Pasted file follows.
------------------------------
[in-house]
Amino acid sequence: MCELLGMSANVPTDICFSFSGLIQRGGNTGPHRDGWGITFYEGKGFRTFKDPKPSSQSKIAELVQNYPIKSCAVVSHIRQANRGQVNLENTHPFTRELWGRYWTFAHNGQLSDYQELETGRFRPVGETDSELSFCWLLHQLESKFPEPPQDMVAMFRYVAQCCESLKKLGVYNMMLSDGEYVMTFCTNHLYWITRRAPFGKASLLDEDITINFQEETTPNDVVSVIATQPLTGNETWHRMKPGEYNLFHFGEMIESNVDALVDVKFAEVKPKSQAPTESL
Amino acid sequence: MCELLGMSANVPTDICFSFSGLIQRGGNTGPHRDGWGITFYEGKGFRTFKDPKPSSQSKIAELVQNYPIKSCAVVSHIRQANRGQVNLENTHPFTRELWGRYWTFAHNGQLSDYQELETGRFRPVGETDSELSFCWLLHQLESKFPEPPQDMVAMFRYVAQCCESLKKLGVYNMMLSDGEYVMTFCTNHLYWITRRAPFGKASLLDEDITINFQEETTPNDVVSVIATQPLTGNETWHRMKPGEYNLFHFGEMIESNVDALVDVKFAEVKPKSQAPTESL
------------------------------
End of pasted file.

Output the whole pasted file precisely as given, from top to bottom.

[in-house]
Amino acid sequence: MCELLGMSANVPTDICFSFSGLIQRGGNTGPHRDGWGITFYEGKGFRTFKDPKPSSQSKIAELVQNYPIKSCAVVSHIRQANRGQVNLENTHPFTRELWGRYWTFAHNGQLSDYQELETGRFRPVGETDSELSFCWLLHQLESKFPEPPQDMVAMFRYVAQCCESLKKLGVYNMMLSDGEYVMTFCTNHLYWITRRAPFGKASLLDEDITINFQEETTPNDVVSVIATQPLTGNETWHRMKPGEYNLFHFGEMIESNVDALVDVKFAEVKPKSQAPTESL
Amino acid sequence: MCELLGMSANVPTDICFSFSGLIQRGGNTGPHRDGWGITFYEGKGFRTFKDPKPSSQSKIAELVQNYPIKSCAVVSHIRQANRGQVNLENTHPFTRELWGRYWTFAHNGQLSDYQELETGRFRPVGETDSELSFCWLLHQLESKFPEPPQDMVAMFRYVAQCCESLKKLGVYNMMLSDGEYVMTFCTNHLYWITRRAPFGKASLLDEDITINFQEETTPNDVVSVIATQPLTGNETWHRMKPGEYNLFHFGEMIESNVDALVDVKFAEVKPKSQAPTESL